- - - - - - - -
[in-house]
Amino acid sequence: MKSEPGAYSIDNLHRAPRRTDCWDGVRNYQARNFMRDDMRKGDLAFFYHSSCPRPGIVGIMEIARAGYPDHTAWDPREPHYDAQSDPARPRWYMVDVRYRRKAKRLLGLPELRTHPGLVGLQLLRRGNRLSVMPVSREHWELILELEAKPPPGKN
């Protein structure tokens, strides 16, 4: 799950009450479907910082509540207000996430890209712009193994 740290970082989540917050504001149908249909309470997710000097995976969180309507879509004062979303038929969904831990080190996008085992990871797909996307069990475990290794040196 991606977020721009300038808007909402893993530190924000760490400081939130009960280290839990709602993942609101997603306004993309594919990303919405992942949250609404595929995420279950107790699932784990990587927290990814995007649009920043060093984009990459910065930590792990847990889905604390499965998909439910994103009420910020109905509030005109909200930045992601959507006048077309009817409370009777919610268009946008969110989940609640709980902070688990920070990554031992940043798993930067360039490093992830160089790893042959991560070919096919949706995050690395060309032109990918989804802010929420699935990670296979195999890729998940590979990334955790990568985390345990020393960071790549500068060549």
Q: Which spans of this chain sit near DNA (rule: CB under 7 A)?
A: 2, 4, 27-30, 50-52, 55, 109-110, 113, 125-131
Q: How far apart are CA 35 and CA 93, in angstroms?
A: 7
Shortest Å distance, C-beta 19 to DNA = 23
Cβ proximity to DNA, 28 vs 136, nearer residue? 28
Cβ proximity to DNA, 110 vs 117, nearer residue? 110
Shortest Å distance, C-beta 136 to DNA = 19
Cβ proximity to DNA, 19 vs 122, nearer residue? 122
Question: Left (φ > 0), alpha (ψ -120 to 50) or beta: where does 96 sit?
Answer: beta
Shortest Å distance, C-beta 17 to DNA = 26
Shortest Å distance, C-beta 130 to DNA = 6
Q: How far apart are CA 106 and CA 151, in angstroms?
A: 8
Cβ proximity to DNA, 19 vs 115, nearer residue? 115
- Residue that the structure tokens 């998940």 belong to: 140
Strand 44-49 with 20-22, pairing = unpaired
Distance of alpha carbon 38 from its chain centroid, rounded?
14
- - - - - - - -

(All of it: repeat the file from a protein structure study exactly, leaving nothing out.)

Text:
[in-house]
Amino acid sequence: MKSEPGAYSIDNLHRAPRRTDCWDGVRNYQARNFMRDDMRKGDLAFFYHSSCPRPGIVGIMEIARAGYPDHTAWDPREPHYDAQSDPARPRWYMVDVRYRRKAKRLLGLPELRTHPGLVGLQLLRRGNRLSVMPVSREHWELILELEAKPPPGKN
């Protein structure tokens, strides 16, 4: 799950009450479907910082509540207000996430890209712009193994 740290970082989540917050504001149908249909309470997710000097995976969180309507879509004062979303038929969904831990080190996008085992990871797909996307069990475990290794040196 991606977020721009300038808007909402893993530190924000760490400081939130009960280290839990709602993942609101997603306004993309594919990303919405992942949250609404595929995420279950107790699932784990990587927290990814995007649009920043060093984009990459910065930590792990847990889905604390499965998909439910994103009420910020109905509030005109909200930045992601959507006048077309009817409370009777919610268009946008969110989940609640709980902070688990920070990554031992940043798993930067360039490093992830160089790893042959991560070919096919949706995050690395060309032109990918989804802010929420699935990670296979195999890729998940590979990334955790990568985390345990020393960071790549500068060549």
Q: Which spans of this chain sit near DNA (rule: CB under 7 A)?
A: 2, 4, 27-30, 50-52, 55, 109-110, 113, 125-131
Q: How far apart are CA 35 and CA 93, in angstroms?
A: 7
Shortest Å distance, C-beta 19 to DNA = 23
Cβ proximity to DNA, 28 vs 136, nearer residue? 28
Cβ proximity to DNA, 110 vs 117, nearer residue? 110
Shortest Å distance, C-beta 136 to DNA = 19
Cβ proximity to DNA, 19 vs 122, nearer residue? 122
Question: Left (φ > 0), alpha (ψ -120 to 50) or beta: where does 96 sit?
Answer: beta
Shortest Å distance, C-beta 17 to DNA = 26
Shortest Å distance, C-beta 130 to DNA = 6
Q: How far apart are CA 106 and CA 151, in angstroms?
A: 8
Cβ proximity to DNA, 19 vs 115, nearer residue? 115
- Residue that the structure tokens 């998940």 belong to: 140
Strand 44-49 with 20-22, pairing = unpaired
Distance of alpha carbon 38 from its chain centroid, rounded?
14